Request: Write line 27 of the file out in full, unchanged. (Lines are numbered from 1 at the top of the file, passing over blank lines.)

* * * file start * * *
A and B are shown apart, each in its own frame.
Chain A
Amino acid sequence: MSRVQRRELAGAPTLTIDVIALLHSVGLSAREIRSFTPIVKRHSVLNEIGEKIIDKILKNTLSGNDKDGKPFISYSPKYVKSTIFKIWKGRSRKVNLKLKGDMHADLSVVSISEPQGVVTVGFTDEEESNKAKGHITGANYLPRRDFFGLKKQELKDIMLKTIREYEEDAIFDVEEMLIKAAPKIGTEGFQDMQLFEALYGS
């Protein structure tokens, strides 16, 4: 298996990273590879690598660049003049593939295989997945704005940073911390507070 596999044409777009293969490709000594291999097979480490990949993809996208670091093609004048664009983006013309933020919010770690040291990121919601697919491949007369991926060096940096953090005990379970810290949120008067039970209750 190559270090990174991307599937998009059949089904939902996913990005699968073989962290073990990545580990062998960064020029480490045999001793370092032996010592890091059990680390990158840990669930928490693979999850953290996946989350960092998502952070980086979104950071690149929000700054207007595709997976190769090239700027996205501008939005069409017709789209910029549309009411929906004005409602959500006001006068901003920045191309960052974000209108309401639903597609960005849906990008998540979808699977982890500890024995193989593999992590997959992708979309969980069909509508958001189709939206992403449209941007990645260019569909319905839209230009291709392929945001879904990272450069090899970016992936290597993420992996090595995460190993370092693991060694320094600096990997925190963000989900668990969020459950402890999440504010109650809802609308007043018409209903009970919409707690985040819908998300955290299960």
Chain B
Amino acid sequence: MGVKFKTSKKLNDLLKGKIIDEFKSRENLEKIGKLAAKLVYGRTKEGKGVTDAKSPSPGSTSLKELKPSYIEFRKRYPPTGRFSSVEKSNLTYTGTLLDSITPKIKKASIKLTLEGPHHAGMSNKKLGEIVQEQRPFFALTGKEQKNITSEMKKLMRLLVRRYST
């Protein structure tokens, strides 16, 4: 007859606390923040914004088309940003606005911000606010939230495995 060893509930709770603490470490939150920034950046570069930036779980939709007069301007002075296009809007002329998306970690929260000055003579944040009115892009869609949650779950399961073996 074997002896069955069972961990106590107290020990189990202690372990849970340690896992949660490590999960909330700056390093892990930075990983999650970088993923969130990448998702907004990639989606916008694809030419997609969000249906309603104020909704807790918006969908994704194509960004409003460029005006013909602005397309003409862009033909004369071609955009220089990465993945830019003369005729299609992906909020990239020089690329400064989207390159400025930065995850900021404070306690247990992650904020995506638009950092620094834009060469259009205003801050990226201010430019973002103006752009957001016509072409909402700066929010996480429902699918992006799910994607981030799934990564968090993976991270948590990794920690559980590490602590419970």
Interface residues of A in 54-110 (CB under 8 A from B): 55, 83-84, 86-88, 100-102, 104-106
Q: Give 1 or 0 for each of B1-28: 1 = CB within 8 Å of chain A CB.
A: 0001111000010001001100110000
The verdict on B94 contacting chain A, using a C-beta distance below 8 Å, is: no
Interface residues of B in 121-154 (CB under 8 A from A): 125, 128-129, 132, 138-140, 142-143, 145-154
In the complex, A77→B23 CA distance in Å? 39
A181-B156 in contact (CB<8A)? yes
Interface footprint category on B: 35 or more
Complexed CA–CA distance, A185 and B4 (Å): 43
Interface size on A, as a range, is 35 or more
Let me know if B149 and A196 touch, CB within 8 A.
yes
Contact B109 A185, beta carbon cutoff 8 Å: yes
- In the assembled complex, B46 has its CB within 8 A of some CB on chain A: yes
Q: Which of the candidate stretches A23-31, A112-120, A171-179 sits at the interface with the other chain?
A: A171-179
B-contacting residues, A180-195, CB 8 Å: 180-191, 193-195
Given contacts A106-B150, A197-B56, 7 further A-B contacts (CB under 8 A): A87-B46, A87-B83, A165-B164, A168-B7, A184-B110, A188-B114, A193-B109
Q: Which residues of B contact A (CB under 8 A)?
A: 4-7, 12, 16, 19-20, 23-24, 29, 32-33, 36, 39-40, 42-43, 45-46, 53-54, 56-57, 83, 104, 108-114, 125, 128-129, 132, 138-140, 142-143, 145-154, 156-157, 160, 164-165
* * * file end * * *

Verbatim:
A: 4-7, 12, 16, 19-20, 23-24, 29, 32-33, 36, 39-40, 42-43, 45-46, 53-54, 56-57, 83, 104, 108-114, 125, 128-129, 132, 138-140, 142-143, 145-154, 156-157, 160, 164-165